The octopus belongs to the branch of mollusks, which are soft-bodied animals that usually have a single foot and a protective shell. Mollusks appeared in the oceans about 600 million years ago. Today, there are more than 100, 000 species, which include animals as different from one another as the snail, the giant clam, the mussel and the oyster. The octopus lacks a protective shell, its foot is divided into tentacles and it has a highly developed brain, just like the cuttlefish and the squid.
The octopus is the largest member of the mollusk family and can grow to almost 30 feet (9m) in length.
The octopuses are the queens of camouflage: they can take on the color of the seabed in less than a second, thanks to pigments in their skin that can be expanded or contracted. When the octopus feels threatened, it releases a cloud of ink towards the aggressor and rapidly flees.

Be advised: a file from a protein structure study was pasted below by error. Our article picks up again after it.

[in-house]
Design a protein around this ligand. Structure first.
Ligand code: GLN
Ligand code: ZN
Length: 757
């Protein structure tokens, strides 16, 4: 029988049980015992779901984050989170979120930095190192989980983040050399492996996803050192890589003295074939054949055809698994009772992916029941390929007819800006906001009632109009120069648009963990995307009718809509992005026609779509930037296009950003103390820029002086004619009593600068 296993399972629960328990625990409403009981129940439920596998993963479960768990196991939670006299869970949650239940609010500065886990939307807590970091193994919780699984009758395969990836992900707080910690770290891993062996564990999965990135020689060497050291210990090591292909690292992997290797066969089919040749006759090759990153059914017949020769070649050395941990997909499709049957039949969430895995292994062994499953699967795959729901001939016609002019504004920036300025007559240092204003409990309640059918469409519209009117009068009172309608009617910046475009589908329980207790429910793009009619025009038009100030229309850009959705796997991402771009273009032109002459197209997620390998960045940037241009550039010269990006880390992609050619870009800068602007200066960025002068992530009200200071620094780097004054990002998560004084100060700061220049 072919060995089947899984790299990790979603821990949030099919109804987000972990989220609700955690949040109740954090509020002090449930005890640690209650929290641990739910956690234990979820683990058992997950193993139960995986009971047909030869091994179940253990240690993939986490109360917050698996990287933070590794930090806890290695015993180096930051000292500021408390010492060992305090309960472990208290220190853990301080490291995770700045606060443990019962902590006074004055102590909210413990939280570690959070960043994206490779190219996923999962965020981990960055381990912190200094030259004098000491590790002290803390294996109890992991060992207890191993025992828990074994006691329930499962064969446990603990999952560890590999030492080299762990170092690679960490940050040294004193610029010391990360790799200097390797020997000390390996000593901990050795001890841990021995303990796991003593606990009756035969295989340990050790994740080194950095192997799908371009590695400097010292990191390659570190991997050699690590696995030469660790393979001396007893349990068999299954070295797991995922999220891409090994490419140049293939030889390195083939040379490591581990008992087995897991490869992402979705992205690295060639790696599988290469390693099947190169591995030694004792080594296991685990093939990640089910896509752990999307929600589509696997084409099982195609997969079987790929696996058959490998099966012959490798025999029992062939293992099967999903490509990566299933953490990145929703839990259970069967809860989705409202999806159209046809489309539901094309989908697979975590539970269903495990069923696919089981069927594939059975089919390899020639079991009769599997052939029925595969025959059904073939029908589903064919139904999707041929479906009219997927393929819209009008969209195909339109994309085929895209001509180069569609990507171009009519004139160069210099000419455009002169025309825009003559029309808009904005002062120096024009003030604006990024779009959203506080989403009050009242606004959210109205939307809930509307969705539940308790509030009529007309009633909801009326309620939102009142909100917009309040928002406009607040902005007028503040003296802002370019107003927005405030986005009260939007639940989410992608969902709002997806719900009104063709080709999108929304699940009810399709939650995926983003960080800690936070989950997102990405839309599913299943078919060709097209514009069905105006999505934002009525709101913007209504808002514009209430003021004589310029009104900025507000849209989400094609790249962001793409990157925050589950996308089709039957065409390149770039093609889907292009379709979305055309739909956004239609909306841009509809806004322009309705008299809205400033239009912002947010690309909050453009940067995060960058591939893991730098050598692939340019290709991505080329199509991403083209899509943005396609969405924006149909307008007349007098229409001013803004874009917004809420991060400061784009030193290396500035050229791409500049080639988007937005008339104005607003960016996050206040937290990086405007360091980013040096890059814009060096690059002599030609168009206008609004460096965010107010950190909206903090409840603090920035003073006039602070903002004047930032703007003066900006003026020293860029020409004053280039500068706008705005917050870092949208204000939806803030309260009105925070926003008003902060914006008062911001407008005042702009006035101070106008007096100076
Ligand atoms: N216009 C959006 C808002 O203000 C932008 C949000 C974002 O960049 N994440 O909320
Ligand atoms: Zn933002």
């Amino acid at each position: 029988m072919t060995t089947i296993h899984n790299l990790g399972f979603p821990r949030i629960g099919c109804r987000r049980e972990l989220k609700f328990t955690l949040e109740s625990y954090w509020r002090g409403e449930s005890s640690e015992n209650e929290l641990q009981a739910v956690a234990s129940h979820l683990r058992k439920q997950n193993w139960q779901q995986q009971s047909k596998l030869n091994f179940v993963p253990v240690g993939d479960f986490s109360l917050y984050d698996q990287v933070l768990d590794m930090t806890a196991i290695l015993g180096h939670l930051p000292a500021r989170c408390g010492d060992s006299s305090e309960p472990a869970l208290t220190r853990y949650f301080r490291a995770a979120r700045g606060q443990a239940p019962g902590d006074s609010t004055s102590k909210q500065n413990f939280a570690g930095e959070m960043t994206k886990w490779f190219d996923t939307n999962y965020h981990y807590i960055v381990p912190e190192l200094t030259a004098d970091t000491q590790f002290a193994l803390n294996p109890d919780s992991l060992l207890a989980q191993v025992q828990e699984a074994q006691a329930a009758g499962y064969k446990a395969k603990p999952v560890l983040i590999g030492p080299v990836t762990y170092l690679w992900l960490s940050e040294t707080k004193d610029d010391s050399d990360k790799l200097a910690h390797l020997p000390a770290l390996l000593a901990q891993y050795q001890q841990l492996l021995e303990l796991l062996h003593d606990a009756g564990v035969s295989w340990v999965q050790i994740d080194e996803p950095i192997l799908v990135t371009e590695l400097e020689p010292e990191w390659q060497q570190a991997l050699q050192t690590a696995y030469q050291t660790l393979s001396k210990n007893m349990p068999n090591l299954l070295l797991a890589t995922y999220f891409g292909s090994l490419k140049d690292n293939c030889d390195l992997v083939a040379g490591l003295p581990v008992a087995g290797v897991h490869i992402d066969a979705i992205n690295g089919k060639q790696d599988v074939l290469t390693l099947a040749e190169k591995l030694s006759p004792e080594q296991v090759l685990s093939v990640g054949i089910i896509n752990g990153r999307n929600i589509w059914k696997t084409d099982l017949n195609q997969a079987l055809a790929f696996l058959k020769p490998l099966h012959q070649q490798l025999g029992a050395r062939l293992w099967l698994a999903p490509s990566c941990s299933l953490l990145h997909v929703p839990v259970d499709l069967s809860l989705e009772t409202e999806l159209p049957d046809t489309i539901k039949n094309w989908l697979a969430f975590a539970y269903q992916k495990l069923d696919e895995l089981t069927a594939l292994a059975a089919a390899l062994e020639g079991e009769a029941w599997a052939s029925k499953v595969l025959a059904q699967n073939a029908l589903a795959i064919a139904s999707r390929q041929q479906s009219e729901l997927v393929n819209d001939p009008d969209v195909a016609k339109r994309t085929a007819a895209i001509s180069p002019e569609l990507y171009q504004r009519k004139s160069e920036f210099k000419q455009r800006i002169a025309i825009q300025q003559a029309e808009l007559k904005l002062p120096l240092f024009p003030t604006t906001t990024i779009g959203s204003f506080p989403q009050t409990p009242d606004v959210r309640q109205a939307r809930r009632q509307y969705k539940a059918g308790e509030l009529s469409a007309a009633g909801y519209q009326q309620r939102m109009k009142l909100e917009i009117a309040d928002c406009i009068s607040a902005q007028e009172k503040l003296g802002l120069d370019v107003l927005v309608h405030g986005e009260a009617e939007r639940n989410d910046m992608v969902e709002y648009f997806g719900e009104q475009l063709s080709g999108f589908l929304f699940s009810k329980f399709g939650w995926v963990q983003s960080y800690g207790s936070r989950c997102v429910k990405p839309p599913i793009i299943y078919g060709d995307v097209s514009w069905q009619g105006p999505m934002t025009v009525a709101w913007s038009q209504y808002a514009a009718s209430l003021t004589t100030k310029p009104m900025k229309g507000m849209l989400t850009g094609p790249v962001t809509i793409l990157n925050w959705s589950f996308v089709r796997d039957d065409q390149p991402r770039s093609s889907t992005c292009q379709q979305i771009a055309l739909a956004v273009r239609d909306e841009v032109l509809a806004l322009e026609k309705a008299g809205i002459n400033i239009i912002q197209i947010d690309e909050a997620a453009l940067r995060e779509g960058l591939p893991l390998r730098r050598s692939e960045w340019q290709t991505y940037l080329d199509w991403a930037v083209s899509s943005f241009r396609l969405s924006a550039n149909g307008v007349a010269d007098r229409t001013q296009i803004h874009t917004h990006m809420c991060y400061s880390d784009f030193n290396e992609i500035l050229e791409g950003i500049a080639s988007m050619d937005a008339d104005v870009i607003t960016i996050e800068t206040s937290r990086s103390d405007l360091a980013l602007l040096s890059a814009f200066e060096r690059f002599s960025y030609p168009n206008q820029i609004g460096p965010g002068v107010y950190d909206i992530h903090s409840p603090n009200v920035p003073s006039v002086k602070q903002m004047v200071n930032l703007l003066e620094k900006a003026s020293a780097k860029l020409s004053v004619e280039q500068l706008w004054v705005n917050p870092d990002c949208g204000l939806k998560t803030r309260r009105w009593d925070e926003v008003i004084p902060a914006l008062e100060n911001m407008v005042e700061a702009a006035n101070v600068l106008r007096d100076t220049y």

The female common octopus demonstrates extraordinary devotion to her children. Plentiful on European coasts, this octopus lays its eggs in little clusters that it hangs from the ceiling of its dwelling. The mother octopus then tirelessly cleans and ventilates them, without eating until they hatch, three months later. After completing this arduous task, the mother dies from exhaustion.
The flesh of certain species is poisonous. Mot species, however, are edible. Octopus was a particular favorite of the Greeks and the Romans, who considered it an aphrodisiac. Octopus continues to figure prominently in Greek and Italian cuisine, but in many countries, including the United States and Australia, it is much less popular and usually serves only as a bait.
Octopus can be grilled, poached, sautéed, fried or steamed. It is delicious when marinated or used in Asian dishes. It goes particularly well with garlic, tomatoes, onions, lemon, ginger, olive oil, cream, wine and soy sauce.